Both Williams cars will run the team’s latest upgrades at the French Grand Prix, with Nicholas Latifi being fitted with them for the first time.
Williams introduced an upgrade package at the British Grand Prix two rounds ago, albeit only with sufficient parts to fit one car at a time.
With Alex Albon ahead of Nicholas Latifi in the championship, Albon was given the responsibility of evaluating and fettling in the new upgrades, although he missed out on a chance to do so in race conditions due to being involved in a crash at the start of the Silverstone race.
Following a more successful Austrian Grand Prix, Williams have made use of the two-week gap to produce another set of upgrade parts.
Despite fears Albon’s Silverstone crash could have resulted in Latifi not getting the upgrades for quite a while, both FW44s will be fitted with the upgrades for the French Grand Prix at Paul Ricard.
“Having introduced some new parts to Alex’s car over the last couple of races, we are now in a position where both cars can run with the upgrades,” Williams’ head of vehicle performance, Dave Robson, confirmed.
“Although the weather at Silverstone and the sprint format in Austria were not ideal for testing, we have seen enough encouraging feedback to be confident we have taken a step forward.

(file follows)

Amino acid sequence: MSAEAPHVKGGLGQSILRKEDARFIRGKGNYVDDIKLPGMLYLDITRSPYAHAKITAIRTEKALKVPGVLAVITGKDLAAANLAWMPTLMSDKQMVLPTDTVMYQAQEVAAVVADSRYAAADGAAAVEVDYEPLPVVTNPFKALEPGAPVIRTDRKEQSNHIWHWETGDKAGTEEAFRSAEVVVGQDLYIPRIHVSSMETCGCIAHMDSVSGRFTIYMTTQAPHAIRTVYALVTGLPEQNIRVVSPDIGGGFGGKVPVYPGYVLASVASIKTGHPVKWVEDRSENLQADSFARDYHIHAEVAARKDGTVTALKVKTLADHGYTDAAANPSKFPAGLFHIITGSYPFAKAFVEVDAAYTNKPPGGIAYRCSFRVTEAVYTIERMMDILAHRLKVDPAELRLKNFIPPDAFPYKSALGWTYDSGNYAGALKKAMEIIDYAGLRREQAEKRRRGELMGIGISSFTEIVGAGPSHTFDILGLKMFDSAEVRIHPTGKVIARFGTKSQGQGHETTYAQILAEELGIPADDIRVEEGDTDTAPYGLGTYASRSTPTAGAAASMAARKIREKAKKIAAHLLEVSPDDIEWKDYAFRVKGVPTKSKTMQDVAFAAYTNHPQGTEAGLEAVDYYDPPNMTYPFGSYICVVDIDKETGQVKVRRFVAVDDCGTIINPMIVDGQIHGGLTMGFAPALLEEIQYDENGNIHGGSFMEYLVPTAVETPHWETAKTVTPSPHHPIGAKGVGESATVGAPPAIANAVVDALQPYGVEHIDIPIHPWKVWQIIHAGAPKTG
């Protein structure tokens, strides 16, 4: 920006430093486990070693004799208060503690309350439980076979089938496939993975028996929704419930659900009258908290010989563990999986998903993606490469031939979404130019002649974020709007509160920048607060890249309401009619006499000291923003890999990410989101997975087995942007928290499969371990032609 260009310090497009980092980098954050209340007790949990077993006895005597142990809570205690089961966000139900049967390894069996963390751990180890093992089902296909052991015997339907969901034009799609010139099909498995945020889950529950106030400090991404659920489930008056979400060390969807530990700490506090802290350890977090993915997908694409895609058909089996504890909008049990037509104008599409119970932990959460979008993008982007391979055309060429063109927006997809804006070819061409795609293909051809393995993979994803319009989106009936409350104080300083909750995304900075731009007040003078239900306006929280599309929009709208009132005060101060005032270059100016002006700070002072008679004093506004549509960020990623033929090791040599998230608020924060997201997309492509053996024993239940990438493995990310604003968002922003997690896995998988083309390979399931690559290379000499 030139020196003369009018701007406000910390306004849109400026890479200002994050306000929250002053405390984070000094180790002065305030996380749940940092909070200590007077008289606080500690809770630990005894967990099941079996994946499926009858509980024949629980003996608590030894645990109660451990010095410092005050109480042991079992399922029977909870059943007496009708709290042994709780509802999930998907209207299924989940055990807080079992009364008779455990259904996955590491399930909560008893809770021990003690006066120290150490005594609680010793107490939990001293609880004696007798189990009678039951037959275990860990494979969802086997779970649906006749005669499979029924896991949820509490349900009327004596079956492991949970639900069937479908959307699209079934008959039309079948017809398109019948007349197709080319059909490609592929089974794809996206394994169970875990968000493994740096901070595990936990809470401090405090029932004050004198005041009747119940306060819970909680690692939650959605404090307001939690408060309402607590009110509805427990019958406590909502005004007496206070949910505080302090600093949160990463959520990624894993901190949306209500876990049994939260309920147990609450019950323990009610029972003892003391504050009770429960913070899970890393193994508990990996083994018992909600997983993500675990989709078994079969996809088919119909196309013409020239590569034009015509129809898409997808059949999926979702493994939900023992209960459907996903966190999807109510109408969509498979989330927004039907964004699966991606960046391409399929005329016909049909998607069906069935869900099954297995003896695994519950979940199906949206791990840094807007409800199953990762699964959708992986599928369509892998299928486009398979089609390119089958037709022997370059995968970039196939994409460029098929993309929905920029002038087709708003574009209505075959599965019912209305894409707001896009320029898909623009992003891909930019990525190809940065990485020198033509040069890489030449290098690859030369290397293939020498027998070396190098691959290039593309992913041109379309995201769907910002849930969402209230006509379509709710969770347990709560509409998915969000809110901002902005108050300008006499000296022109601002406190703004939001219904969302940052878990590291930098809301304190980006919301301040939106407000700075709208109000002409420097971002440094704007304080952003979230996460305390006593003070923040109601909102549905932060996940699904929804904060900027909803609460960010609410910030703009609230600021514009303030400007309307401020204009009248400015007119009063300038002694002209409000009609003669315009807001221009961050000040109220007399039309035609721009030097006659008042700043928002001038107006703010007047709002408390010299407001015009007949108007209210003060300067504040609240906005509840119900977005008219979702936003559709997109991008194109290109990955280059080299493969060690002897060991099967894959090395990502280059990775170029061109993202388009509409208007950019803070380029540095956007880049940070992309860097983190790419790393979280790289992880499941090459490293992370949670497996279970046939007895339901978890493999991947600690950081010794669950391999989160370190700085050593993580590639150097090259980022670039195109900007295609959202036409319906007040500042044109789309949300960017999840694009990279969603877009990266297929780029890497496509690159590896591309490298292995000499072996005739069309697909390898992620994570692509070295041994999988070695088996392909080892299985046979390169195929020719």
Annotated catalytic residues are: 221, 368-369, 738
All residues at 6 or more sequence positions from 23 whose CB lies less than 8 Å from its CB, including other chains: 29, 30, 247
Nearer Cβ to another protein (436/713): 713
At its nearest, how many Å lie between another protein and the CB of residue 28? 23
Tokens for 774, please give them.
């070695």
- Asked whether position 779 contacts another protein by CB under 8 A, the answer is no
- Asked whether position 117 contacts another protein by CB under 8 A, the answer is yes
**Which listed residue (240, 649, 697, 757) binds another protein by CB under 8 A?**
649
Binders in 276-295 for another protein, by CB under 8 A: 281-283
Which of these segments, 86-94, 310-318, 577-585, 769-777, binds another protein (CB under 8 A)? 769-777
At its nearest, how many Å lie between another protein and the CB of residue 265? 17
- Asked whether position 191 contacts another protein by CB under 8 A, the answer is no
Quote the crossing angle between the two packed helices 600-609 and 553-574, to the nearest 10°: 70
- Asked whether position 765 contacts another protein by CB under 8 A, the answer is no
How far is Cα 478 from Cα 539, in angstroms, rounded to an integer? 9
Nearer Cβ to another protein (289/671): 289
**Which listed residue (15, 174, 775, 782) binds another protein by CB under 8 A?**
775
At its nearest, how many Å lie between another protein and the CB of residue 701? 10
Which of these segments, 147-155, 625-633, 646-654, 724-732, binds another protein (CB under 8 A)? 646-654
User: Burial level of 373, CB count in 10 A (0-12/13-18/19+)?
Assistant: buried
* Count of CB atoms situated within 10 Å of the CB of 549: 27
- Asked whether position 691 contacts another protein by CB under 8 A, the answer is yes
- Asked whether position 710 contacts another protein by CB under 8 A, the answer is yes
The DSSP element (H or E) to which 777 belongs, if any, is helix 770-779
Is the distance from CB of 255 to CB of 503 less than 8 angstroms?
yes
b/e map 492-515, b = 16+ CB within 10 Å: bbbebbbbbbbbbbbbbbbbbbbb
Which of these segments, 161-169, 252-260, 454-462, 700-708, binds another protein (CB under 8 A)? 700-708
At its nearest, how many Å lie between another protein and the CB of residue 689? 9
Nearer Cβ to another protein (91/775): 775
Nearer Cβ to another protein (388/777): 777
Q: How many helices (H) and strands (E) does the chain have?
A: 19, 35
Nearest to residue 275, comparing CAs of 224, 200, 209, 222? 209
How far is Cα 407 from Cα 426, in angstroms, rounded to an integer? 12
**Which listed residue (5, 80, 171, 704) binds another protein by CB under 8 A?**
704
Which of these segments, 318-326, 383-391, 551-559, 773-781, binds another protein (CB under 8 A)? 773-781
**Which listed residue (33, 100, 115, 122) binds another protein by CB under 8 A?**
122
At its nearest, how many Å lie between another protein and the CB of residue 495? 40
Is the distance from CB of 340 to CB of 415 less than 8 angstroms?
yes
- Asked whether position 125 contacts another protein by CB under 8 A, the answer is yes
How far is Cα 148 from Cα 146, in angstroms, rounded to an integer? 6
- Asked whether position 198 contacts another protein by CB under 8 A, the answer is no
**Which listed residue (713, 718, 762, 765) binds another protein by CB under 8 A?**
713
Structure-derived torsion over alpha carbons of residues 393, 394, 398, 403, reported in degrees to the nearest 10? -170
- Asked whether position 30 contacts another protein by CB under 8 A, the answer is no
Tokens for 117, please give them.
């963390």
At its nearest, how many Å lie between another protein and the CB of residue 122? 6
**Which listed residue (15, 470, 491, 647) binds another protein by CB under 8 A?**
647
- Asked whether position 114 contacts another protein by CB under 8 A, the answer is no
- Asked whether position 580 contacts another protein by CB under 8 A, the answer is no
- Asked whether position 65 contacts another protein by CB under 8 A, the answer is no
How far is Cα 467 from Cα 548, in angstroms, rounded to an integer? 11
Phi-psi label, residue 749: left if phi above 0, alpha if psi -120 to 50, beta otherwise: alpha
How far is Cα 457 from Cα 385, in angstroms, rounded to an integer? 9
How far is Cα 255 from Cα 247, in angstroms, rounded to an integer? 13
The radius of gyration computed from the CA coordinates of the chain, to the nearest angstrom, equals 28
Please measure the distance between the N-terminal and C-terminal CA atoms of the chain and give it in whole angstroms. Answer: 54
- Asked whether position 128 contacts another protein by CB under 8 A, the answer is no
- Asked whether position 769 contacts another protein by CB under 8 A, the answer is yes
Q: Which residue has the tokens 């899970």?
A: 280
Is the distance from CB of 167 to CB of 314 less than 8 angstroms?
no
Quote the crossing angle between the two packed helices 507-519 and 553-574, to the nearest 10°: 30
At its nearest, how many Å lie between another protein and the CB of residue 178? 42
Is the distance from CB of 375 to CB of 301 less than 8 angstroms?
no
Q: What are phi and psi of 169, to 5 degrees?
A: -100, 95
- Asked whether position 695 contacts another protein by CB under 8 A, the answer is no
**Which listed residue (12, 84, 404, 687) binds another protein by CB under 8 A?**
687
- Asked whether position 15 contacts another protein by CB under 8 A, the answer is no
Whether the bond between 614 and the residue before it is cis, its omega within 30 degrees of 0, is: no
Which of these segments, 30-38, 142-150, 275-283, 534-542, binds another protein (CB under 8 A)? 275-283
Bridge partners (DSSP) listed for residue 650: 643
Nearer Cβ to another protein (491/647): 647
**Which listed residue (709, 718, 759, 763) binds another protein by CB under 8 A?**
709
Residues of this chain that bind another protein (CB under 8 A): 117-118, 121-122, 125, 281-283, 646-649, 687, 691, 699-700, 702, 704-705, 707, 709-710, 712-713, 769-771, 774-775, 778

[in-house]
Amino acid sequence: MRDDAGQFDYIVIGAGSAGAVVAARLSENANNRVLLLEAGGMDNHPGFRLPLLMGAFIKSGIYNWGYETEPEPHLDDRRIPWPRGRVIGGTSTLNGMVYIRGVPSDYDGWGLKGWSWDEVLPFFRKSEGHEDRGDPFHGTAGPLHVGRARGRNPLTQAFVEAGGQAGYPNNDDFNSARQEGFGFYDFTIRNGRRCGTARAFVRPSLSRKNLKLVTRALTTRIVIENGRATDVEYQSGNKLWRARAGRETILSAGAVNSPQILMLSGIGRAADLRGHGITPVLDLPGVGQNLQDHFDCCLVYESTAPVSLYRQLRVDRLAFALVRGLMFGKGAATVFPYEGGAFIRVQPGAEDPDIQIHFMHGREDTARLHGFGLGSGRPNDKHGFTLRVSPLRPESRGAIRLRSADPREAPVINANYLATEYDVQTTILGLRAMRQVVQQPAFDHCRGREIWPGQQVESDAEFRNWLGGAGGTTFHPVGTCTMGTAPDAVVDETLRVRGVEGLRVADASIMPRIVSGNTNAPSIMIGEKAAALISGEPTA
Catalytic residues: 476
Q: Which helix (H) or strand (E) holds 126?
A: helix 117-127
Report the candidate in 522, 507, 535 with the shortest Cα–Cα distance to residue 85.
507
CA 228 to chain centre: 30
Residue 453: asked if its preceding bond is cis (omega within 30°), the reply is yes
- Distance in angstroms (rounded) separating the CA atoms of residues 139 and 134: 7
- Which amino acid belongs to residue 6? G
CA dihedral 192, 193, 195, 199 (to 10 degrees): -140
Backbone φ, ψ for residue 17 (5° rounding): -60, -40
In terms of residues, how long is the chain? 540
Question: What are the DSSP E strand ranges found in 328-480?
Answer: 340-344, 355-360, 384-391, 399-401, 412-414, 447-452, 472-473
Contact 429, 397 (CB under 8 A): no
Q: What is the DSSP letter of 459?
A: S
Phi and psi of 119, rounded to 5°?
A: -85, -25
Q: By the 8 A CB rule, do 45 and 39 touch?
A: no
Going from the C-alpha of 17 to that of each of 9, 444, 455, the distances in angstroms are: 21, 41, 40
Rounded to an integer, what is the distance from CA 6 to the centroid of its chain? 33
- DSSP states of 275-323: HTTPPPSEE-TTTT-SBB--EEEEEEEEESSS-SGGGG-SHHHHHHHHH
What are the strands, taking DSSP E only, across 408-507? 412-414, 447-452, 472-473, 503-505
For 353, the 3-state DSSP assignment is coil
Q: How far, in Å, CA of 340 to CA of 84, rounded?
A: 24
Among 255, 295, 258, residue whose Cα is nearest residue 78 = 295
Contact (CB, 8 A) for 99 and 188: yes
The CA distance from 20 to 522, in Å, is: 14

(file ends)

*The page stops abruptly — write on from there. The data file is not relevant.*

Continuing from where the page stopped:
“With the weather likely to be warm, dry and stable this weekend, we will look to use Friday’s running to get Nicky up to speed with the new parts and also to continue to understand how best to exploit the performance of the new package.”
With Albon explaining after the race at the Red Bull Ring he felt Williams had made a clear step forward with the package, despite finishing out of the points in 12th place, Latifi said he is eager to get his hands on the upgrades for the first time.
“I’m super-excited to get to France because it’s the first race where I will have the upgrade package,” he said ahead of the Paul Ricard weekend.
“We’ve seen some positive signs from it on Alex’s car so far, so I’m looking forward to getting my first taste.
“Hopefully, it can bring us that extra bit of relative pace we’ve missed and put us more in the fight.
“France has a unique track layout with lots of run-off areas, so track limits might be a bit of an issue, as in Austria. More than anything, I’m looking forward to continuing the development of the car and hopefully we can get some good data going forward.”
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